No school since March 2020
Jane* cuts a picture of frustration as she spoke with THE STAR in her inner-city community of Trench Town, St Andrew, yesterday.
Her 13-year-old son is among the countless youngsters who have been left behind since the COVID-19 pandemic arrived on Jamaica's shores last March.
"From him tek exams and pass fi go high school last year, him nuh go online fi do no schoolwork," said the frustrated mother of four.
Face-to-face learning was suspended in March 2020 when the first case of COVID-19 was confirmed in the island. A phased reintroduction of face-to-face lessons began in November 2020, but it was halted in late February 2021 following the second wave of COVID-19.
"Wid dis no school business mi fraid mi pickney end up dunce and cyah come back. Andrew and him government really need fi do something fast," she said.
Another resident, Tyrell, is worried about his 14-year-old brother who he said has not been in school since March 2020. He fears that his brother, along with the other children who gather idly during what should be class time, may suffer tremendous learning loss as a result of the suspension of face-to-face learning.
"Wah go happen if this continue into next year and the following year? My brother start high school last year and mi never see him inna class one day yet," Tyrell said.
Last week, Lisa Hanna, the member of parliament for St Ann South East, suggested that the Government find a way to take the classrooms to students until face-to-face are resumed.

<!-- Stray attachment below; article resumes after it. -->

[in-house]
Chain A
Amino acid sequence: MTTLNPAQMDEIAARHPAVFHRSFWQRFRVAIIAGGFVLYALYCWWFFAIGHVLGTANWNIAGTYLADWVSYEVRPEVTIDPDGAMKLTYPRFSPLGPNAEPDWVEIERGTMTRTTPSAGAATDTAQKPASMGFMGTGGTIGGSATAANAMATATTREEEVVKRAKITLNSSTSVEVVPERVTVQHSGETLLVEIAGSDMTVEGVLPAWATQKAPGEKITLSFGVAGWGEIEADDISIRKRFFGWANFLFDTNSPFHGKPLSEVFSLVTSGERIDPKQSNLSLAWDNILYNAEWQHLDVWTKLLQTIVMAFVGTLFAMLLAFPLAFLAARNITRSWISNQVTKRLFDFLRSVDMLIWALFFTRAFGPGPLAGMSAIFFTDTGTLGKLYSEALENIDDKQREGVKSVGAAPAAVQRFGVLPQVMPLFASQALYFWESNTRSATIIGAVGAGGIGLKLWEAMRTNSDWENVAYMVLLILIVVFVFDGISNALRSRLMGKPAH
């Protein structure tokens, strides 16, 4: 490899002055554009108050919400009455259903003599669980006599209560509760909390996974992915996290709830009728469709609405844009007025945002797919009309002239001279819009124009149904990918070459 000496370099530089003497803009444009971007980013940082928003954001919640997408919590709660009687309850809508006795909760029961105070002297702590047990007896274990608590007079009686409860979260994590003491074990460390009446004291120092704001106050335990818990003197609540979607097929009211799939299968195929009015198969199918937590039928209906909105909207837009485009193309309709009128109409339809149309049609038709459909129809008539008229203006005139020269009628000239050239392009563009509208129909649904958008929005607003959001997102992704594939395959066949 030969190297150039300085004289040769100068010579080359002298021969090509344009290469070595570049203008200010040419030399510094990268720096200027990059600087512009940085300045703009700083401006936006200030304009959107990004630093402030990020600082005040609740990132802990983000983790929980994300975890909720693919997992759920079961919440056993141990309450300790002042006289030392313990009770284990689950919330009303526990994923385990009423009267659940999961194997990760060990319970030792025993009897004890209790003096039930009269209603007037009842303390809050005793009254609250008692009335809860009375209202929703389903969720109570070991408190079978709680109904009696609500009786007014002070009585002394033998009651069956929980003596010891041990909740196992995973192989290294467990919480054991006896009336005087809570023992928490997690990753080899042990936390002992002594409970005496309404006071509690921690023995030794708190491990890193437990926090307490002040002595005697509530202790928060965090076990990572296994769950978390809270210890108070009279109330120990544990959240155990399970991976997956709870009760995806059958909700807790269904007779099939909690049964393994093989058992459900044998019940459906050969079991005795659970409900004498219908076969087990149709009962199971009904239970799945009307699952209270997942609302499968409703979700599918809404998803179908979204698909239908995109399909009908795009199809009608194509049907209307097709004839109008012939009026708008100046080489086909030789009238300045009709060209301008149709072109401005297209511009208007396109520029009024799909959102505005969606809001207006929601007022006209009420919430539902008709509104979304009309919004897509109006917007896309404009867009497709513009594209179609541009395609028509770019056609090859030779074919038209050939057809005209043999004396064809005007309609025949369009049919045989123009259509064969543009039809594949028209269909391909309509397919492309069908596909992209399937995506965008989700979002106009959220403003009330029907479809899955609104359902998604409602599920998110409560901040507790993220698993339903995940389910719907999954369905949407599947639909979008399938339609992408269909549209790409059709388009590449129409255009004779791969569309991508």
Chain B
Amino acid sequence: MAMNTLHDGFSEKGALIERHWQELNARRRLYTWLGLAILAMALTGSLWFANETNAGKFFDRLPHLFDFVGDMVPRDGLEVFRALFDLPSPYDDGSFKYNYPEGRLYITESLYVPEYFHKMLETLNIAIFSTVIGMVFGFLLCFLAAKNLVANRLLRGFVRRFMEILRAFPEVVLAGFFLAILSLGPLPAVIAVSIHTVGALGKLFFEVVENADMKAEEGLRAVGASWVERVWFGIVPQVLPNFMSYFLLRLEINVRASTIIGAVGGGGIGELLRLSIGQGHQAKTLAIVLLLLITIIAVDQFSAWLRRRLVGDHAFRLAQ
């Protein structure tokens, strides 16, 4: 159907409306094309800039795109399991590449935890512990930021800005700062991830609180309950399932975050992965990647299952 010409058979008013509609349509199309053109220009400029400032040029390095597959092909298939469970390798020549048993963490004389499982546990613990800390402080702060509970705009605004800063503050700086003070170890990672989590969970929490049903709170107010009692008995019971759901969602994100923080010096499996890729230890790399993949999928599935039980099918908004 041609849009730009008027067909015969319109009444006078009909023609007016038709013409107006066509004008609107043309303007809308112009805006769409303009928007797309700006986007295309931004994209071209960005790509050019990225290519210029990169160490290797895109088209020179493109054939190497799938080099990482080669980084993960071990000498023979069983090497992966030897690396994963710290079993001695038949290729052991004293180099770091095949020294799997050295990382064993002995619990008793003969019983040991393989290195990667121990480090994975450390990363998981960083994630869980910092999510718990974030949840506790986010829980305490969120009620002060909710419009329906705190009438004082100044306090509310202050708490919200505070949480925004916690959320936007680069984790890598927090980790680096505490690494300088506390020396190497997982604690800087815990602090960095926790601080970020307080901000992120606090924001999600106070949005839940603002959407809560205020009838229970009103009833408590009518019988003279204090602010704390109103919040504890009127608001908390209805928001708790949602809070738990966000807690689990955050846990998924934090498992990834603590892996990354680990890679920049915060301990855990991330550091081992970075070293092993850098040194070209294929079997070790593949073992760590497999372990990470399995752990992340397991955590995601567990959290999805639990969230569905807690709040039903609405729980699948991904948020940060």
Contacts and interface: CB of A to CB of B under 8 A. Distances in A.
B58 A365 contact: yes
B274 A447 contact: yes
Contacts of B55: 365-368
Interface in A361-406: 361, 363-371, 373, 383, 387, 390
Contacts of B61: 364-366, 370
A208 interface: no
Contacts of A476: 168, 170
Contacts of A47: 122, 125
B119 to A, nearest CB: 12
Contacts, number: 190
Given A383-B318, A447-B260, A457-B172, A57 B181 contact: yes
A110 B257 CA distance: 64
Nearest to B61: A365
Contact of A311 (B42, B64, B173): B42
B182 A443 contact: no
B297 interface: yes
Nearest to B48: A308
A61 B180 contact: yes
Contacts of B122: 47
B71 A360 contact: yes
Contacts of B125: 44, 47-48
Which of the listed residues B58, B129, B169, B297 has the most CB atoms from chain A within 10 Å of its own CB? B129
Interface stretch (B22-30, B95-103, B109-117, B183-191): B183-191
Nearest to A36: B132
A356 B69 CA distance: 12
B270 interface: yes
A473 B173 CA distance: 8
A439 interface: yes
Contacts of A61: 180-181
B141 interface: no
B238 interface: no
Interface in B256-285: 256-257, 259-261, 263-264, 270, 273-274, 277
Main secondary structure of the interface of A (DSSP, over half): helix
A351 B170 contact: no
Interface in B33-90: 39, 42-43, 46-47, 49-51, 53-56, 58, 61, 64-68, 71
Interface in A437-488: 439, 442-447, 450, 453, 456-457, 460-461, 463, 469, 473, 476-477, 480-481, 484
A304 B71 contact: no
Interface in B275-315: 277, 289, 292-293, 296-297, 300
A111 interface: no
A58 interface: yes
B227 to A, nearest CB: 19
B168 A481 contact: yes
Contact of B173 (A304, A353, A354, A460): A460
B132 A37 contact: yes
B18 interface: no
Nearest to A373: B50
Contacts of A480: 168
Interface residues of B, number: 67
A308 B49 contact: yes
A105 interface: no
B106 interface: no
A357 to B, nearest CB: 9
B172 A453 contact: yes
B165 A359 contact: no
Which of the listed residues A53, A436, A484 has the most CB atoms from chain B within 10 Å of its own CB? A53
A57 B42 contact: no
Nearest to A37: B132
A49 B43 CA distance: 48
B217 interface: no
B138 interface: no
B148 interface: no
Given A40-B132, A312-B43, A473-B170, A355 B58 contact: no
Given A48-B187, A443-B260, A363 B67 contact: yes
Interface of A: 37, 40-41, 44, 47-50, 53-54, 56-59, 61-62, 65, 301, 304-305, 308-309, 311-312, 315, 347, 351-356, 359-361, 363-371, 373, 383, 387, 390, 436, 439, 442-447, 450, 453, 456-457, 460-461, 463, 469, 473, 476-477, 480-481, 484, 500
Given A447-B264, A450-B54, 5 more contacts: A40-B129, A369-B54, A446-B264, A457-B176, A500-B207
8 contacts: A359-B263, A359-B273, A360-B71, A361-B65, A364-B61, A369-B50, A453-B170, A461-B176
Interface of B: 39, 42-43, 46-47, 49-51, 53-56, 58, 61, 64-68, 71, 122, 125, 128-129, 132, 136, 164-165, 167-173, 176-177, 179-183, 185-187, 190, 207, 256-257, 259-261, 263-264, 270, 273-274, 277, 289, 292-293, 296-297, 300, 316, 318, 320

"Take them into the community centres, take them into the churches ... if we can't get them into the classrooms, the classrooms need to get to them," Hanna said.
Yesterday, as hundreds, if not thousands of Jamaican students settled into face-to-face school for a second month since the resumption of the school term, many students in the public school system remained disengaged. In Trench Town, for instance, school-aged children were seen roaming aimlessly along the streets instead of being in online classes.
Like Hanna, Tyrell believes ways will have to be found to take the classrooms to children to give them some face-to-face interaction. He said that the cases of the teen boys being out of school is just a snapshot of a depressing national movie. He believes that the community's library and resource centre can be used to accommodate small numbers of children.
As of Sunday, the Ministry of Health and Wellness has reported 86, 384 confirmed COVID-19 cases with 2,025 fatalities. A staggering 25 deaths were recorded on Sunday.